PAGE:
Int. J. Dev. Biol. 43: 167 - 174 (1999)
© UPV/EHU Press

Alcohol promotes in vitro chondrogenesis in embryonic facial mesenchyme.

L M Hoffman and W M Kulyk

Department of Anatomy and Cell Biology, University of Saskatchewan, Saskatoon, Canada.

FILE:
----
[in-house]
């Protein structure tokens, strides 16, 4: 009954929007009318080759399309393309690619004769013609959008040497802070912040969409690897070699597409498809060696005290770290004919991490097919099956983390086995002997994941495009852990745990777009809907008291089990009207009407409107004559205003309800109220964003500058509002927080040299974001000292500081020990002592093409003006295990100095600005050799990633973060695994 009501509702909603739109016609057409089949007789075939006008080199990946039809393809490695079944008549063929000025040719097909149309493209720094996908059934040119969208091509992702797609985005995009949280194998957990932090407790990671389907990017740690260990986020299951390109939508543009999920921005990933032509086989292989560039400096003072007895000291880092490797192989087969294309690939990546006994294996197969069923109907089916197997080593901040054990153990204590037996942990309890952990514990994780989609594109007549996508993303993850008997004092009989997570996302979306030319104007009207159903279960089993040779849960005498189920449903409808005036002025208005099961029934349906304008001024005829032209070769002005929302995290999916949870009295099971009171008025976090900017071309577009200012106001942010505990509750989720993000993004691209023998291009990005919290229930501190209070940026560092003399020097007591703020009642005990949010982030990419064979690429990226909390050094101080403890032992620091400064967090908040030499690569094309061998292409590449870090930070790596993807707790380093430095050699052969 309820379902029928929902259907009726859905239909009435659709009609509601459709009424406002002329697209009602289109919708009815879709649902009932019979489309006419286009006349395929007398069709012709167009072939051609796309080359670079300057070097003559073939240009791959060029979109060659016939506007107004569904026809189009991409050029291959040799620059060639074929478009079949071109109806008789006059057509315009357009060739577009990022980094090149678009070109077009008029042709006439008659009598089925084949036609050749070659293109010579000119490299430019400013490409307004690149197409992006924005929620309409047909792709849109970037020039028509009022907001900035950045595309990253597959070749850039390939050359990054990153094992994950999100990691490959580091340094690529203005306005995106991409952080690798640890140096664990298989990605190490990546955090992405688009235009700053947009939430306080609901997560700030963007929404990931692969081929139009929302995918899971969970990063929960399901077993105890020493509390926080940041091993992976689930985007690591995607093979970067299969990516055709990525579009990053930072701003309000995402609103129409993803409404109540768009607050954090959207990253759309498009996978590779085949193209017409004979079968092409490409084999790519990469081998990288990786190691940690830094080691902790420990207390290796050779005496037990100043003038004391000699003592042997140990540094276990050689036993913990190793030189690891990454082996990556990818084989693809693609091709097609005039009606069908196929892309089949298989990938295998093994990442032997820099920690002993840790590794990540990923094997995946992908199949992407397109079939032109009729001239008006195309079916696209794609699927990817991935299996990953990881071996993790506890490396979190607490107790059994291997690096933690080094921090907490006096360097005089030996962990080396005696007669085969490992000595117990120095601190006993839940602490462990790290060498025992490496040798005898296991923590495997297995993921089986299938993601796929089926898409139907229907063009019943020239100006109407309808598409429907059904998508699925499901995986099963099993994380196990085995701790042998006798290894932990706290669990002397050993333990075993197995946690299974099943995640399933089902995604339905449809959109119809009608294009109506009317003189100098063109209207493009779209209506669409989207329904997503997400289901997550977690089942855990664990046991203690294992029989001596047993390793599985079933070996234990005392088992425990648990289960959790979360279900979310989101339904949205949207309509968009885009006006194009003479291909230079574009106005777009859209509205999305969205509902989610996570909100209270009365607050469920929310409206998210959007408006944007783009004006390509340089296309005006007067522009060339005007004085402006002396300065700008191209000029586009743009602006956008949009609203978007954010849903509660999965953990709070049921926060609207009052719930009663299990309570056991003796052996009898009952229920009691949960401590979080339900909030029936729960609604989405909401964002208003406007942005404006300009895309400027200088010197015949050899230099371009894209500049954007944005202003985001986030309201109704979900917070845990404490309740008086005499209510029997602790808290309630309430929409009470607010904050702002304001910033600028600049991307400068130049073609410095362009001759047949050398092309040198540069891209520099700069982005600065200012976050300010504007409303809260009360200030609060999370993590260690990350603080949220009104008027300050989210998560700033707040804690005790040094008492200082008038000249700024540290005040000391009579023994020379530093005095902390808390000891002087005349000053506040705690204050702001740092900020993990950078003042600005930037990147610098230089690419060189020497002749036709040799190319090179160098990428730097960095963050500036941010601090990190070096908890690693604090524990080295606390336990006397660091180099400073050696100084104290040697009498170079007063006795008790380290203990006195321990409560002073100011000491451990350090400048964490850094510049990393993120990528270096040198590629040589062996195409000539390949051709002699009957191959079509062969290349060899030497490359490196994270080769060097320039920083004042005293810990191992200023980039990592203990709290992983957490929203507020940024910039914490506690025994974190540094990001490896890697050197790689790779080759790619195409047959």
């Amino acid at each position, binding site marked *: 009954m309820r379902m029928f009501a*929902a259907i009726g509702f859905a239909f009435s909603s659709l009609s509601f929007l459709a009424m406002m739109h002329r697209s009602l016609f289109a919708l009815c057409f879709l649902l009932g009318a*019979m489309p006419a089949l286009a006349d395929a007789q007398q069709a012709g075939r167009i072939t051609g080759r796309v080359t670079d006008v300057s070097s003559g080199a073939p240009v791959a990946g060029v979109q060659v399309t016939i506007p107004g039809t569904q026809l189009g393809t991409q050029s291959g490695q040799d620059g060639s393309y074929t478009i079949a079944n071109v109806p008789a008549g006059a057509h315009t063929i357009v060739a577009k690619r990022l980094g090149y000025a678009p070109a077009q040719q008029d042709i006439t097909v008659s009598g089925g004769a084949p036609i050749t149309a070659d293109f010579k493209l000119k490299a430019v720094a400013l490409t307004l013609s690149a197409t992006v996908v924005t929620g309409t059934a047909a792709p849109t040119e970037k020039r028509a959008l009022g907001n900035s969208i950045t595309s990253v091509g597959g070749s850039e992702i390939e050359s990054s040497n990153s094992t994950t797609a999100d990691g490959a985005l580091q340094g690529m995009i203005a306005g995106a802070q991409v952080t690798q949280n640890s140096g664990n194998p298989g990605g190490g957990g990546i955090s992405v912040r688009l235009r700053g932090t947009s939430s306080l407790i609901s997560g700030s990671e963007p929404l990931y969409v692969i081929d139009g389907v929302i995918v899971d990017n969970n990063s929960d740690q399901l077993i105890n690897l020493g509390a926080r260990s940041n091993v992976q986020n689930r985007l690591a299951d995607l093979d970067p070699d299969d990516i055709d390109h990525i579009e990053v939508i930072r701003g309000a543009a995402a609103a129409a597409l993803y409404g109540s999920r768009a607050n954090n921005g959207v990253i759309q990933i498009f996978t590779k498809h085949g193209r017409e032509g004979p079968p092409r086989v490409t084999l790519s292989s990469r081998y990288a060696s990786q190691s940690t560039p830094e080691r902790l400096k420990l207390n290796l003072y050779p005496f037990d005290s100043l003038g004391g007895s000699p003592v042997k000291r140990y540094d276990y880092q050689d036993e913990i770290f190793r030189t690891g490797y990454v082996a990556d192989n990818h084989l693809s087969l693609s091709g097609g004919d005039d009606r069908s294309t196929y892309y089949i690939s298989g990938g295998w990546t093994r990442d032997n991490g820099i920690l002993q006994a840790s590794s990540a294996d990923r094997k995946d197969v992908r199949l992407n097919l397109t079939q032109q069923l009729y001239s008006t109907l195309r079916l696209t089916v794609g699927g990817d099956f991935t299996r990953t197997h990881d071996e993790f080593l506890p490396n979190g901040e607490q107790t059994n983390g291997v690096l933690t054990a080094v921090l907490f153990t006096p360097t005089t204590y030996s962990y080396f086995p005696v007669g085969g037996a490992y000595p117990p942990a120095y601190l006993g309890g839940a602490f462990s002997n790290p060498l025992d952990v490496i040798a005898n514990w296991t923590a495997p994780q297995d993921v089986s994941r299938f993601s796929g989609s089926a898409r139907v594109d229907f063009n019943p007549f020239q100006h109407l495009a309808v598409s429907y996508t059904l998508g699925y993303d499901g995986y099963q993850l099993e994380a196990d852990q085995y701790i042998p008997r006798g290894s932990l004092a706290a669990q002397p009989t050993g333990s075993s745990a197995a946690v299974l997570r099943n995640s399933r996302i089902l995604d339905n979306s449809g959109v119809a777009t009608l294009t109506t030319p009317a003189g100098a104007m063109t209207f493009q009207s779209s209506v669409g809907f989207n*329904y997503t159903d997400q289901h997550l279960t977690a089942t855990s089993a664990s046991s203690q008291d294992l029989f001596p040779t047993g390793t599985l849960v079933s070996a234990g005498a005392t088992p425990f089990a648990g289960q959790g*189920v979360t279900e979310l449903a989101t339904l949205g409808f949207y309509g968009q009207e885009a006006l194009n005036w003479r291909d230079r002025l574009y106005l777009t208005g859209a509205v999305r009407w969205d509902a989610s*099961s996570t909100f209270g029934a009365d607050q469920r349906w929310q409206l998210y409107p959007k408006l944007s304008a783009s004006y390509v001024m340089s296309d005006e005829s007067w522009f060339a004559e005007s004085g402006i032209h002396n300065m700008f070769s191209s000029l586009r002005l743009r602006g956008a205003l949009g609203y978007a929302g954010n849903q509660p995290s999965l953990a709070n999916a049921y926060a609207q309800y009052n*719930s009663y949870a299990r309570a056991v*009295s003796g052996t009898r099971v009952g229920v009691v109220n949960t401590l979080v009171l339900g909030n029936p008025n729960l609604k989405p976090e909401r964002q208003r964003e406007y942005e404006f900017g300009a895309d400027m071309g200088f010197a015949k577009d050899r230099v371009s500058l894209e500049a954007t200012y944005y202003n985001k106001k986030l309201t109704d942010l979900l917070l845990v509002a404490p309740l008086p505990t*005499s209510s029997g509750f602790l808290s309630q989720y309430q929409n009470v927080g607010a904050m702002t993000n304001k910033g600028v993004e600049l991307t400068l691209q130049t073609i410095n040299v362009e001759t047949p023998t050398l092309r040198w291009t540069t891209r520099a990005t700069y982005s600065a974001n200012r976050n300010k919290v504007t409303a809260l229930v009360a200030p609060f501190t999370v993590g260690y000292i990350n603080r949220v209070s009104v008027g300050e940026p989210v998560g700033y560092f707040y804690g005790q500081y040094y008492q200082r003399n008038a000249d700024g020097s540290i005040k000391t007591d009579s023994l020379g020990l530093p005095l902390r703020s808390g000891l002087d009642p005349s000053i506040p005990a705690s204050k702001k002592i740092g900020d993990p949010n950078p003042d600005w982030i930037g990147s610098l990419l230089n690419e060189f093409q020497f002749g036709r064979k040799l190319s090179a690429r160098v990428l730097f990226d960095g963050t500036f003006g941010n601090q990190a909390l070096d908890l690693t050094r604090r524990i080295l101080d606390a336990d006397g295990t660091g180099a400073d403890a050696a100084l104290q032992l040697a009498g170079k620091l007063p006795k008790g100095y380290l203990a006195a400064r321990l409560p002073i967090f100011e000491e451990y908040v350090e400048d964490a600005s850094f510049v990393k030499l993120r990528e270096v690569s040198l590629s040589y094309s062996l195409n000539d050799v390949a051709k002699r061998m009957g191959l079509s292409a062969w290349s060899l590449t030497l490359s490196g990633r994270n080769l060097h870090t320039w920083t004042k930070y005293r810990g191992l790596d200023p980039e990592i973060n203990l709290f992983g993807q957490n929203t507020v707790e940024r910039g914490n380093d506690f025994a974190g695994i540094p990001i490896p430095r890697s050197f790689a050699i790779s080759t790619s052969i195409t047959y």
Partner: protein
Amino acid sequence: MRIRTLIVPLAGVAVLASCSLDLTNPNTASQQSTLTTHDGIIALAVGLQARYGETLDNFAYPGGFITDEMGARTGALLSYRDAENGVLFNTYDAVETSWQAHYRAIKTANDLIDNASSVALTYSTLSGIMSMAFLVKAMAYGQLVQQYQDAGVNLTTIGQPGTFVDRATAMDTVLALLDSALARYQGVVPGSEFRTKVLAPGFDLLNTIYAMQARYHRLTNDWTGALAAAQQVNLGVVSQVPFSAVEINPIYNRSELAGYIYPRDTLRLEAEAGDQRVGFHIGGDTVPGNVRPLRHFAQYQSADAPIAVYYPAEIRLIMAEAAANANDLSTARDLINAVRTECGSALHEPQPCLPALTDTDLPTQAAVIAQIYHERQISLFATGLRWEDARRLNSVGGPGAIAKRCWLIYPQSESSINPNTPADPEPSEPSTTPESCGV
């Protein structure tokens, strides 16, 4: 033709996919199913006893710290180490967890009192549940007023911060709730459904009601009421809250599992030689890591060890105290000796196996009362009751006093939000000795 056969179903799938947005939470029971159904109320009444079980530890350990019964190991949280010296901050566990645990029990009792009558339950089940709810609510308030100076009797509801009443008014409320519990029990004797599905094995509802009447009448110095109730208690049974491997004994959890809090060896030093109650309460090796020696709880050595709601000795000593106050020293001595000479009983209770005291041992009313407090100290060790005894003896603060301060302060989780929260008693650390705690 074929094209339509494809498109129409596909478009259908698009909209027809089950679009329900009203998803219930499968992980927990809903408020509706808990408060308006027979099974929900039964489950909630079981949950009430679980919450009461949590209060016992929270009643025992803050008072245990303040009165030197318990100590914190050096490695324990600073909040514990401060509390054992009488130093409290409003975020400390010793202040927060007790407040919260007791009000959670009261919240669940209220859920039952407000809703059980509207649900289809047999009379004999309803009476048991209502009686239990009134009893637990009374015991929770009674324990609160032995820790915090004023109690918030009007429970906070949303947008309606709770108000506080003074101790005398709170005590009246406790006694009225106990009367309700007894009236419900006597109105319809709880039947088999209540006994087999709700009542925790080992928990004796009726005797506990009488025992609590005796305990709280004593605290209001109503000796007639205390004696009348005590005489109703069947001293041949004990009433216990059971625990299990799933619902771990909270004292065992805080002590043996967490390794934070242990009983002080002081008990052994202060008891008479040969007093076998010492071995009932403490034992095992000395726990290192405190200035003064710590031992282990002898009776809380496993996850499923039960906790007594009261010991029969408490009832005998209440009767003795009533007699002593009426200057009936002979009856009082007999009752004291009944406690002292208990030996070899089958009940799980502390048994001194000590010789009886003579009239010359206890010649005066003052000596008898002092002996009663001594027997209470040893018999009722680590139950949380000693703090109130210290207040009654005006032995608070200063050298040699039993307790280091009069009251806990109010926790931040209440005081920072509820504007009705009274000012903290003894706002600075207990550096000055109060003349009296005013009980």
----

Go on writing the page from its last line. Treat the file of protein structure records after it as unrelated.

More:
ABSTRACT Ethanol is a well-recognized teratogen in vertebrates that can perturb the development of the facial primordia and various other embryonic structures. However,the mechanisms underlying alcohol's effects on embryogenesis are currently unclear. Recent evidence suggests that the cranial neural crest, which forms the entire facial skeleton, may be a particularly sensitive target of ethanol teratogenicity. In the present study we have examined the influence of in vitro ethanol exposure on cartilage differentiation in micromass cultures of mesenchymal cells isolated from the various facial primordia (maxillary, mandibular, frontonasal, and hyoid processes) of the stage 24 chick embryo. In all four populations of facial mesenchyme, exposure to 1-1.5% ethanol promoted marked increases in Alcian blue-positive cartilage matrix formation, a rise in 35SO4 accumulation into matrix glycosaminoglycans, and enhanced expression of cartilage-characteristic type II collagen and aggrecan gene transcripts. In frontonasal and mandibular mesenchyme cultures, which undergo extensive spontaneous cartilage formation, ethanol treatment quantitatively elevated both matrix production and cartilage-specific gene transcript expression. In cultures of maxillary process and hyoid arch mesenchyme, which form little or no cartilage spontaneously, ethanol exposure induced the formation of chondrogenic cell aggregates and the appearance of aggrecan and type II collagen mRNAs. These actions were not restricted to ethanol, since tertiary butanol treatment also enhanced cartilage differentiation in facial mesenchyme cultures. Our findings demonstrate a potent stimulatory effect of alcohol on the differentiation of prechondrogenic mesenchyme of the facial primordia. Further analysis of this phenomenon might yield insight into the developmental mechanisms underlying the facial dysmorphologies associated with embryonic ethanol exposure.